Christmas time gives us all the opportunity to unwind, relax and catch-up with friends and family. Here at the Llangefni Chiropractic Clinic it's no different, although we've still got another week or so in clinic before we 'break up', and it's bound to be busy with everyone trying to come in and get sorted out this side of the festive period!
However, last week we were all able to get together and had an excellent evening out at local restaurant, Nant-yr-Odyn. It was a chance for us all to have a proper chat, away from the ringing phone and the hubbub of clinic, and to find out what we're all going to be up to over the Christmas break. So often, we barely say hello to each other, let alone have a proper conversation - once the first patient comes in the day just seems to whizz by!
It was also a chance for me to say a very big 'thank you' to all the reception staff. Without them, the clinic really wouldn't function. It has been said on many an occasion that a receptionist can make or break a clinic - they're the ones that speak to potential patients on the phone, and the first person that a patient meets on arriving at the clinic - and these first impressions last! They're also the ones that sit and chat with people when I'm running late, or have to deal with disgruntled patients who can't get an appointment when they want - and they have to put up with me on a busy day! So, it really was a pleasure to be able to express my gratitude to them.
And what about the previous lot?...
Carwyn is a Minister, working in and around Bala, but is also doing hospital chaplaincy between here and Wrexham. He's back and forth all the time, visiting his family here on Anglesey, as well as attending to his parishioners. He pops into clinic every now and then and keeps us entertained with tales of auditioning donkeys for the upcoming Nativity Play.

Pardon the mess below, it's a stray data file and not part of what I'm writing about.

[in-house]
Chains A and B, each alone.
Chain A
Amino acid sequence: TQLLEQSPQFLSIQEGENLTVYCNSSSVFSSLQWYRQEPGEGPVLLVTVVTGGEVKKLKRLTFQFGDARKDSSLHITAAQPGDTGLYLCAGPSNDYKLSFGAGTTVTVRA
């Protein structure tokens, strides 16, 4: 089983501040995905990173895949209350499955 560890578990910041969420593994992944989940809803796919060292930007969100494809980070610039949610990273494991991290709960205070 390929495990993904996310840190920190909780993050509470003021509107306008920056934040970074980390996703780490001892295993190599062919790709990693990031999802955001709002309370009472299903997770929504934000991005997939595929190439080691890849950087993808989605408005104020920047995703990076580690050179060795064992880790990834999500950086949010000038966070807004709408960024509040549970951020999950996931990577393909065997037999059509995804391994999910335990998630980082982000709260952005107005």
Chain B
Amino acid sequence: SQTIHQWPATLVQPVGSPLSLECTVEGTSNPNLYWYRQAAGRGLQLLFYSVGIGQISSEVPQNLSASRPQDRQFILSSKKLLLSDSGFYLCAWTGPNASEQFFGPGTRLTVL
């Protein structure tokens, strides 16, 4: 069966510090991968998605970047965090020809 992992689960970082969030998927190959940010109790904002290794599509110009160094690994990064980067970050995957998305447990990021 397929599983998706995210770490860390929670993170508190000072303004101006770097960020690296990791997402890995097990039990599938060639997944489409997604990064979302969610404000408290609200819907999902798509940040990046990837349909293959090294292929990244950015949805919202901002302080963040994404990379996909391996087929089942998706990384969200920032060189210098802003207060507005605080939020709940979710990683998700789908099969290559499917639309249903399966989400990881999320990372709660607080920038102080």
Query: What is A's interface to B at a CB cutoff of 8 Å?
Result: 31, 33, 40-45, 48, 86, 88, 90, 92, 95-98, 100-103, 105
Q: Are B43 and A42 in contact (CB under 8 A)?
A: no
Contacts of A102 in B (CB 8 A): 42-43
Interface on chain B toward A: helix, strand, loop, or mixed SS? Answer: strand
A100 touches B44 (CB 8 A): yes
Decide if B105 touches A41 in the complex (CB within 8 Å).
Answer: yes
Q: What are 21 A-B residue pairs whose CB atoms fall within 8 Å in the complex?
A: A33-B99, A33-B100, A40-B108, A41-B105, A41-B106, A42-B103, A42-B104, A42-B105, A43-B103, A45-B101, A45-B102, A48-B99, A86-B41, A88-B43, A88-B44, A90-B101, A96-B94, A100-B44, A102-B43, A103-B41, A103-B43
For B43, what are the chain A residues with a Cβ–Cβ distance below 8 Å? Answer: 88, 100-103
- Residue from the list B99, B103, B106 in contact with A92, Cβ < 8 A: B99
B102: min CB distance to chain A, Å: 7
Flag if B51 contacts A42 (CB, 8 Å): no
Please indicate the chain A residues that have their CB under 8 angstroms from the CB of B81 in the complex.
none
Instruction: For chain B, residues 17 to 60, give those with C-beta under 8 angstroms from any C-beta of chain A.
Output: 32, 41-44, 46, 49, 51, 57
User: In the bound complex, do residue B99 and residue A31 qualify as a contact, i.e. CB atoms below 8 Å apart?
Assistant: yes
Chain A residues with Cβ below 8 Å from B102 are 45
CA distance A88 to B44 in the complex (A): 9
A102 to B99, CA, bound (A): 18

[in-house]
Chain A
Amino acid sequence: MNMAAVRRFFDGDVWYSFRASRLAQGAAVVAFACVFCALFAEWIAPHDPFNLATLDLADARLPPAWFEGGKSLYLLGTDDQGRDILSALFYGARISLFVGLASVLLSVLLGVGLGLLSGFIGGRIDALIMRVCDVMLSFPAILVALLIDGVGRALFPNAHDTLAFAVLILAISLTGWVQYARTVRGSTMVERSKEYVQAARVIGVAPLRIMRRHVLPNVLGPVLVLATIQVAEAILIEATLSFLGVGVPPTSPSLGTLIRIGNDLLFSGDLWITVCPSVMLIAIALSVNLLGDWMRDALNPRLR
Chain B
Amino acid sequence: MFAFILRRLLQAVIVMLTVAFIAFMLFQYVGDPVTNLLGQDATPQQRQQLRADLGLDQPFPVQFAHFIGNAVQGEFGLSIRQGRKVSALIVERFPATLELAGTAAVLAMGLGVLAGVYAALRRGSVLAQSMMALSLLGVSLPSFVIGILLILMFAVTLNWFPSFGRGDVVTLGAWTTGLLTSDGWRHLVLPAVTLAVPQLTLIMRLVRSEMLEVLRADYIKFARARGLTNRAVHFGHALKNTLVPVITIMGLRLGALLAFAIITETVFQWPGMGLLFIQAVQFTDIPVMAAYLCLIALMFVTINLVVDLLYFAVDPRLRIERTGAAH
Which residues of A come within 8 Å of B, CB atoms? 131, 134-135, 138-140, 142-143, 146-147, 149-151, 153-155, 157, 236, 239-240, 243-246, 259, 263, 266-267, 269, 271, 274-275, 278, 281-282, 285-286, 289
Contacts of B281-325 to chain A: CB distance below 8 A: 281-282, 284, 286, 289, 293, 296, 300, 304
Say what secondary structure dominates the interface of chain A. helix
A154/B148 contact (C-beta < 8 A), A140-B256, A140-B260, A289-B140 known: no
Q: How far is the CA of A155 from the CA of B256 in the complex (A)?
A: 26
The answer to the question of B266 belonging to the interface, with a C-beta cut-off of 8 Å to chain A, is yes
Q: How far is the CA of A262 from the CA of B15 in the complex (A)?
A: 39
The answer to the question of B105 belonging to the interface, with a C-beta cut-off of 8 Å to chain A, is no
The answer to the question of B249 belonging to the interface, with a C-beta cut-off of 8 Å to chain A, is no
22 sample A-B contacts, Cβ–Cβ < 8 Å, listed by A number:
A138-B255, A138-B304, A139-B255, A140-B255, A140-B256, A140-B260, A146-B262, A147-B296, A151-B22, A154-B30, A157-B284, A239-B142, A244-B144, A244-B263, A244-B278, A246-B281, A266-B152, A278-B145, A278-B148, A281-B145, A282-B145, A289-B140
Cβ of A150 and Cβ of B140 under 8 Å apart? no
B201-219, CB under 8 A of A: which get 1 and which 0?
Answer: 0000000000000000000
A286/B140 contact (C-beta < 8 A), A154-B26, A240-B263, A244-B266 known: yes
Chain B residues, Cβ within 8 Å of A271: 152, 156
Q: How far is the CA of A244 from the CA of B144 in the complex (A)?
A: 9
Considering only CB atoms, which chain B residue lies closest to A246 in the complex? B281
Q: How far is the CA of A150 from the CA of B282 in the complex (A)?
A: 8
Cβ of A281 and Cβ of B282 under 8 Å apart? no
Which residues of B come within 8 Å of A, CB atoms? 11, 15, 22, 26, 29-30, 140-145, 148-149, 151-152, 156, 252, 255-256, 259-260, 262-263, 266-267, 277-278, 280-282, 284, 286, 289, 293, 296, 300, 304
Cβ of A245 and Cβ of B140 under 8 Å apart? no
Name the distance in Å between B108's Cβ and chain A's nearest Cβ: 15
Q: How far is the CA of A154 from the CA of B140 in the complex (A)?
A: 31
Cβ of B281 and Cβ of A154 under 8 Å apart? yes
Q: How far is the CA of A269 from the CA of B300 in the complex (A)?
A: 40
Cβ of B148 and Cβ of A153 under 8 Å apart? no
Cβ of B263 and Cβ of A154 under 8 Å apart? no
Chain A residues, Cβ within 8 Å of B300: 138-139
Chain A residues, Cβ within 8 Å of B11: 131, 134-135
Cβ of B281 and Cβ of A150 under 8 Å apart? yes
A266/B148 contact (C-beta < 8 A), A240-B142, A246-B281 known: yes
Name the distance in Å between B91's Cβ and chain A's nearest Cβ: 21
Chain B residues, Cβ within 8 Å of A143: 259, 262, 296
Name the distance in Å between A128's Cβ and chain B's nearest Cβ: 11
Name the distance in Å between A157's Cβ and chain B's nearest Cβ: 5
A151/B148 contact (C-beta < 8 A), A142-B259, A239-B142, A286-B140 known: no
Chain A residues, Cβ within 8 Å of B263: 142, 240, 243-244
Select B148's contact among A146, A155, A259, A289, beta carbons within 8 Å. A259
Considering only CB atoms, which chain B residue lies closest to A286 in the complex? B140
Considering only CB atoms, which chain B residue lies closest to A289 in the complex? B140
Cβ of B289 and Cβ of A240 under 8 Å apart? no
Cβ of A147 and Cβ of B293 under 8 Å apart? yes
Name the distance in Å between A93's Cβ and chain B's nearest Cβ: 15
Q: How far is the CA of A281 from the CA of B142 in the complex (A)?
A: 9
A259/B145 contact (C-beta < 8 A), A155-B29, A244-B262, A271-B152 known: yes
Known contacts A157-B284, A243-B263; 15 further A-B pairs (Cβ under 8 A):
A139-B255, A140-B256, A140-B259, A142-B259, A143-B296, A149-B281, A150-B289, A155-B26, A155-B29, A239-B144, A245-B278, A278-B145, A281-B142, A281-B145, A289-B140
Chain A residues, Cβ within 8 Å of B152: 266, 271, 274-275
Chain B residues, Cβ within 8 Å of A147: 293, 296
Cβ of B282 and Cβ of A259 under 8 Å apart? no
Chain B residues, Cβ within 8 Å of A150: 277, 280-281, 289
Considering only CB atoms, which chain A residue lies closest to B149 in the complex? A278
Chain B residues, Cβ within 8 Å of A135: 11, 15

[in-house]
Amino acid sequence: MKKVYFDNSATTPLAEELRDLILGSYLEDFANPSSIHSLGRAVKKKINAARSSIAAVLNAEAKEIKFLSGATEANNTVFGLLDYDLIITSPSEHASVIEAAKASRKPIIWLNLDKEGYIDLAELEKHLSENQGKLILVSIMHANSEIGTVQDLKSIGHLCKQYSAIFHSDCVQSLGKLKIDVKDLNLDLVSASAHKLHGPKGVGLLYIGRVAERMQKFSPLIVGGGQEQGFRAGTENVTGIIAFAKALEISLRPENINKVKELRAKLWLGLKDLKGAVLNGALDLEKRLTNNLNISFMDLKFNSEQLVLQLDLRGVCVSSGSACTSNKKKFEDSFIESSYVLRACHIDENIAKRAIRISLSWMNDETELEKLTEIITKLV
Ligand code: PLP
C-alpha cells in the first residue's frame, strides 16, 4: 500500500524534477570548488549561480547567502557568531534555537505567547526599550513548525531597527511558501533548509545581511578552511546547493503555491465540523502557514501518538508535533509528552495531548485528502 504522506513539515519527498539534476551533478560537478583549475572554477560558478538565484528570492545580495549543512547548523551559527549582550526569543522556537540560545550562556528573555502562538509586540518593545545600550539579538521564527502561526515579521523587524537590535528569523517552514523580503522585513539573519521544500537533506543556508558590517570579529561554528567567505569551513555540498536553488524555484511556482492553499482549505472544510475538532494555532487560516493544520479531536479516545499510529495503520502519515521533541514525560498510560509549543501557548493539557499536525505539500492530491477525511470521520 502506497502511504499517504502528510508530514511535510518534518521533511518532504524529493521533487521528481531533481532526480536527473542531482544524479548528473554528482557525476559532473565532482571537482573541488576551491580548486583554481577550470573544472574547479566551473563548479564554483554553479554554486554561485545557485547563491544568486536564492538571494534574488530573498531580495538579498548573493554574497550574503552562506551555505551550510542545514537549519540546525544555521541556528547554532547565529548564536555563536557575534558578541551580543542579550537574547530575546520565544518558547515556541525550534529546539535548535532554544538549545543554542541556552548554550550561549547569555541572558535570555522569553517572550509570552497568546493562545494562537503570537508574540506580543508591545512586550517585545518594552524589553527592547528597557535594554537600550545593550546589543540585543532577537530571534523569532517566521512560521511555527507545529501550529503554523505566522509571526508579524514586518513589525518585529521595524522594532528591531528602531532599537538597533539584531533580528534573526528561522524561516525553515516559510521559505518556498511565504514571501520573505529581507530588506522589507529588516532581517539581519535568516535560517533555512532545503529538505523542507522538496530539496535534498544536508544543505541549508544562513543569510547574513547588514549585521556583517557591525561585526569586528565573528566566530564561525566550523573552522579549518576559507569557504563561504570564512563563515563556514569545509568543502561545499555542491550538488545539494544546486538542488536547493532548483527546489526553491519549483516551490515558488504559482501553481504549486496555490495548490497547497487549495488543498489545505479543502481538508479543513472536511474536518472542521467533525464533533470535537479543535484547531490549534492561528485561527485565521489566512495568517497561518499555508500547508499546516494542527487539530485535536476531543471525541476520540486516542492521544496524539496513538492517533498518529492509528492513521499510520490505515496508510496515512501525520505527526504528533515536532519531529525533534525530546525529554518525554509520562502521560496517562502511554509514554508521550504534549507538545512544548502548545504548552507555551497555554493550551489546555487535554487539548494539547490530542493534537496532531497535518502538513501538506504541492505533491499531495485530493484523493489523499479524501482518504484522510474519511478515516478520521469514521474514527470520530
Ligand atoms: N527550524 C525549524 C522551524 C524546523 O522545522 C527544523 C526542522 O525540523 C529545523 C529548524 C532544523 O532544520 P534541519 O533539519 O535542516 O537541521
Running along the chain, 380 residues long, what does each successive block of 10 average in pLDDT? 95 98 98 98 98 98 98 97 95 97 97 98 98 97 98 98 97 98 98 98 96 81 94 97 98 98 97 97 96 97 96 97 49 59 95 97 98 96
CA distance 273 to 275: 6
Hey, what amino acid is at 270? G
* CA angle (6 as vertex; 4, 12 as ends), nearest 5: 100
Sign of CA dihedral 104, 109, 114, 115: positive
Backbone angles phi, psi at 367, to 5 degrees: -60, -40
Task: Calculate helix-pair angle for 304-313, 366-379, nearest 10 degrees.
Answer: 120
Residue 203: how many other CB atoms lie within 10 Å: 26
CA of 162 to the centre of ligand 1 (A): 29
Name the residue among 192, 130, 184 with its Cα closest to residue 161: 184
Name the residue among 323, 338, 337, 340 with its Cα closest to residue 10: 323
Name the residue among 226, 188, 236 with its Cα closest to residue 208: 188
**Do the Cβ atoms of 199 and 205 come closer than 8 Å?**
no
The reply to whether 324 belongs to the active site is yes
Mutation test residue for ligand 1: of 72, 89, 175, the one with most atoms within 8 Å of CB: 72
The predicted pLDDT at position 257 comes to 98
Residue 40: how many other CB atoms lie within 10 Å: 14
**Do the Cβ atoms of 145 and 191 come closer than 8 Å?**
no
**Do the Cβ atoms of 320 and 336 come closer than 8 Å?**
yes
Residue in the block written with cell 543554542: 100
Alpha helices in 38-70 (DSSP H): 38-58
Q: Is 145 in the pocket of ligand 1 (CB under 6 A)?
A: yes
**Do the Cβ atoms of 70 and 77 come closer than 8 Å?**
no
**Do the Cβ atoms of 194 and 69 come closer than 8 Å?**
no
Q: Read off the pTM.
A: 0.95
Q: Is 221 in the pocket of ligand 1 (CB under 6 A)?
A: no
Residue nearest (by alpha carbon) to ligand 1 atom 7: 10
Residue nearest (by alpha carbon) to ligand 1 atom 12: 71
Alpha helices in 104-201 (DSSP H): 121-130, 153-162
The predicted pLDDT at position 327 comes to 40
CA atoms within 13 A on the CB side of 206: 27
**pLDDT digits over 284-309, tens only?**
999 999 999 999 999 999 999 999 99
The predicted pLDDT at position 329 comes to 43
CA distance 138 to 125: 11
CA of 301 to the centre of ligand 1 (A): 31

Evie is a teacher; she has taught English and Geography to at A level standard for several years, but has now specialised further and is working in a school specifically for children with learning difficulties and special needs. She got engaged earlier this year and is planning her wedding for sometime next year, blissfully happy in a little cottage nestled in the Welsh Borders.
Ceri has left Anglesey too; she married Steve, a soldier in the Royal Welsh, in July of this year and has moved with him (and the Regiment) to Wiltshire. She's adapting to life as an Army wife, but is hoping to continue her career in Law, or perhaps Social Work.
Sharon (sorry, no picture!) still helps out in clinic every now and then, but is taking a bit of time to focus on the non-stop project of her house renovation, and is concentrating on becoming a fully qualified Kennel Club trainer.
Hannah still helps out in clinic too, but is now working full-time as a fully qualified care assistant for adults with learning disabilities. She also teaches dance and drama, and helps out with the Rainbows. She's applied to University and hopes to be resuming her studies next autumn.